The Center for Land Use Interpretation Newsletter

The Best Dead Mall?


562 Dixie Square Mall, Illinois. CLUI photo by Steve Rowell

AN EXHIBIT ABOUT ONE OF the most dramatic dead malls in the country was on display at the CLUI this summer. The electronic presentation, created by Steve Rowell of the CLUI, was entitled The Best Dead Mall in America: A Photographic Documentation of the Dixie Square Mall in Harvey, Illinois. Located 20 miles south of downtown Chicago, the 800,000 square-foot mall has been abandoned for over 23 years, and in that time, the mall has been transformed into a new kind of post-shopping experience.

From the outside the general form of the mall appears intact, and all of the rambling megastructure is still standing and is navigable. Faceted facades and colored wall treatments subtly echo the anchor stores at the ends (that type of brickmust have been a Sears; those vertical stylingsMontgomery Ward?). The shape of the structure is more difficult to discern than it once was, as a new growth forest of trees is doing well in the parking lot, plazas, and alcoves around the outside of the building, breaking through asphalt, and overgrowing out of planters. Behind the rusty cyclone, the garden center has finally gone to seed.

Inside the unlocked or doorless doorways is a space beyond the language of design. Surprising and exotic textures and forms are visible within the faint remnants of the familiar commercial layouts of the 1970’s branded spaces. The interior lighting, natural, haphazard, and high contrast, brings full visibility to some spaces, while others remain occluded and mysterious, where senses other than sight are summoned to experience the space. A true manifestation of a deconstructed architecture, inside veneer exfoliates, panels peel, and drop ceilings drop. Holes appear, and spread, giving angular views of the structural layers.

This “dead” mall is actually more alive than many of its living counterparts: the building lives through its continuous transformation and integration with its surroundings. Visitors are free to interact with the space, to make modifications, adjustments, renovations, as they see fit, and to make it their own, if only for indefinate moments. Organic matter lives and thrives, especially in the random atriums formed by the partial roof collapses. Grids of floor tile are covered in carpets of moss, with flooded puddles, which resemble a landscape of forests and lakes seen from above, teasing one’s sense of scale and cartesian formality.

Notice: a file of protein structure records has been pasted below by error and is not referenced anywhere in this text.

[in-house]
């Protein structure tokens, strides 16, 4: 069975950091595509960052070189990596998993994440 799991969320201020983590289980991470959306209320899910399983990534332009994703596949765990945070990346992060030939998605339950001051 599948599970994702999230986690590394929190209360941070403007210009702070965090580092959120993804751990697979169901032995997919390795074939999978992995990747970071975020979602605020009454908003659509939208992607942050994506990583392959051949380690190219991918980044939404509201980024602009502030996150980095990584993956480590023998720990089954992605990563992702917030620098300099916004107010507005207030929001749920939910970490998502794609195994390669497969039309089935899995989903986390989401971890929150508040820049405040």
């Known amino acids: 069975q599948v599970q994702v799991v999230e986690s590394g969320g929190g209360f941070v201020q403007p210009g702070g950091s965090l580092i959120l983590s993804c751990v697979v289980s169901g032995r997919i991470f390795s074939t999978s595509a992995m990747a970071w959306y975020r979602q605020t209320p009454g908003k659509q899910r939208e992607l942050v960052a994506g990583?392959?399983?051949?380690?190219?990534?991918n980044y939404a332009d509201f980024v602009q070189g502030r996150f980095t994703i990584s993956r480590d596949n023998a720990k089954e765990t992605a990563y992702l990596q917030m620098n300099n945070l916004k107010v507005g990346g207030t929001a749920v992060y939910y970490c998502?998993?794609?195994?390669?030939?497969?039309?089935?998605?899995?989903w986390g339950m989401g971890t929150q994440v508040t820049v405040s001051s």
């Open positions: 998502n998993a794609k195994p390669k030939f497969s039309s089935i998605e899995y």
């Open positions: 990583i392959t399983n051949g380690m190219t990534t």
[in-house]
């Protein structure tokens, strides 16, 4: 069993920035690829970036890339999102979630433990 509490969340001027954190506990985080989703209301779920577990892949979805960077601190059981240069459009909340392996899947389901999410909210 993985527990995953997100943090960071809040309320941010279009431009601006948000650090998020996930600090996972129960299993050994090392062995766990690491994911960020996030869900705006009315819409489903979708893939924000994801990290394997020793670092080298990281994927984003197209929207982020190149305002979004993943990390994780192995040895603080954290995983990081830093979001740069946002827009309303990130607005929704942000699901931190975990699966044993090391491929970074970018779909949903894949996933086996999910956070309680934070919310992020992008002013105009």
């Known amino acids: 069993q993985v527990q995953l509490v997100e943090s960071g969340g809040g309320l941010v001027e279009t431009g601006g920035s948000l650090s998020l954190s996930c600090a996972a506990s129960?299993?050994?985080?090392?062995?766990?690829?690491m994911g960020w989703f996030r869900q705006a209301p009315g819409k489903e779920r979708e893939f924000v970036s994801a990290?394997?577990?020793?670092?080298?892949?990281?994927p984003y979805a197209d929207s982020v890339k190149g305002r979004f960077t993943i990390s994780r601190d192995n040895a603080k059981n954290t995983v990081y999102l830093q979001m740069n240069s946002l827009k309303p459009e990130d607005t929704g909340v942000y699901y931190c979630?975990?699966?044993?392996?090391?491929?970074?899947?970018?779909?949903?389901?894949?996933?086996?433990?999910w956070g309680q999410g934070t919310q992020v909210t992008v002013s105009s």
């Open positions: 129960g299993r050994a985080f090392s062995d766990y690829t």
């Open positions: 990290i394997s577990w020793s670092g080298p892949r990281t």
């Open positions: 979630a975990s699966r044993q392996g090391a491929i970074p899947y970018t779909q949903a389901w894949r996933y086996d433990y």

This is an inside out architecture, where full trees have reclaimed some of the interior space, breaking through the linoleum and the concrete floors, and where drifts of snow are free to migrate through the corridors as far as they can, and hallways become avenues of ice. Conversely, some of the interior materials have begun to spill out the service doors and other apertures, a belching of soaked drywall, carpet, mattresses, old appliances, display cabinets, bringing some of the inside out to the exterior spaces.

563 Dixie Square Mall, Illinois. North face (winter). CLUI photo by Steve Rowell

564 Dixie Square Mall, Illinois. North face detail (summer). CLUI photo by Steve Rowell

And to top it off, there is a layer of artificial construction and destruction, subtly and indelibly merged with the existing history, further complicating the archeology of the place: in 1980, a year after the mall closed, it was refashioned for a film shoot, for a film that involved the destructive highspeed perusal of the shops along its interior corridors. As the police chase the Blues Brothers’ renegade police car through the mall, Elwood casually comments on the new fashions, then steers the car through another row of plate glass.

Dead Mall in Dead Mall

565 Part of the Dead Mall display in the Dead Mall. CLUI photo by Deborah Stratman

Amidst the mostly incidental displays within the Dixie Square Mall, visitors may find the exhibit for the Dead Mall design competition, that was hosted by the Los Angeles Forum for Architecture and Urban Design during Fall of 2002 and the Spring of 2003, and supported by the National Endowment for the Arts. As part of this Dead Mall landmark, copies of the Dead Mall competition prints have been installed on selected flat surfaces within the mall, and have become part of the surficial material of the mall interior. While not officially open to the public, the exhibit will, like the mall itself, be on display indefinitely.